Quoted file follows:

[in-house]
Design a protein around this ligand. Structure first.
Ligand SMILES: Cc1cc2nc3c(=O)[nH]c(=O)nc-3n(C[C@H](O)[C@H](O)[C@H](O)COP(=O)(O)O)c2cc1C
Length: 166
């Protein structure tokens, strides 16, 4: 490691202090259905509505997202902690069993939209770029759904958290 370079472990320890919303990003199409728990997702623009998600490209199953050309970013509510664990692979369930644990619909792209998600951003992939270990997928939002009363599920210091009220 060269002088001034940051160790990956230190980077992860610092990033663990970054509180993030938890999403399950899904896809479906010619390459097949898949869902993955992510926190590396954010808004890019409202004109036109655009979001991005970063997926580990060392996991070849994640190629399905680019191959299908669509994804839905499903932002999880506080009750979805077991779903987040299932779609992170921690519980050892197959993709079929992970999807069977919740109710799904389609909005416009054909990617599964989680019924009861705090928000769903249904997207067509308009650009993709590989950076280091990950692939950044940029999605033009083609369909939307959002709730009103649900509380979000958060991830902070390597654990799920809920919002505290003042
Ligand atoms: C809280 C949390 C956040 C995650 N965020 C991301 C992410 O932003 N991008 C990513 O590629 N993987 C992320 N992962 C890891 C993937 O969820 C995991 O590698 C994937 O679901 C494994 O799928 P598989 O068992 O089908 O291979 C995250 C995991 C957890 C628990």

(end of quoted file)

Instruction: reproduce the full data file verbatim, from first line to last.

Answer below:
[in-house]
Design a protein around this ligand. Structure first.
Ligand SMILES: Cc1cc2nc3c(=O)[nH]c(=O)nc-3n(C[C@H](O)[C@H](O)[C@H](O)COP(=O)(O)O)c2cc1C
Length: 166
């Protein structure tokens, strides 16, 4: 490691202090259905509505997202902690069993939209770029759904958290 370079472990320890919303990003199409728990997702623009998600490209199953050309970013509510664990692979369930644990619909792209998600951003992939270990997928939002009363599920210091009220 060269002088001034940051160790990956230190980077992860610092990033663990970054509180993030938890999403399950899904896809479906010619390459097949898949869902993955992510926190590396954010808004890019409202004109036109655009979001991005970063997926580990060392996991070849994640190629399905680019191959299908669509994804839905499903932002999880506080009750979805077991779903987040299932779609992170921690519980050892197959993709079929992970999807069977919740109710799904389609909005416009054909990617599964989680019924009861705090928000769903249904997207067509308009650009993709590989950076280091990950692939950044940029999605033009083609369909939307959002709730009103649900509380979000958060991830902070390597654990799920809920919002505290003042
Ligand atoms: C809280 C949390 C956040 C995650 N965020 C991301 C992410 O932003 N991008 C990513 O590629 N993987 C992320 N992962 C890891 C993937 O969820 C995991 O590698 C994937 O679901 C494994 O799928 P598989 O068992 O089908 O291979 C995250 C995991 C957890 C628990």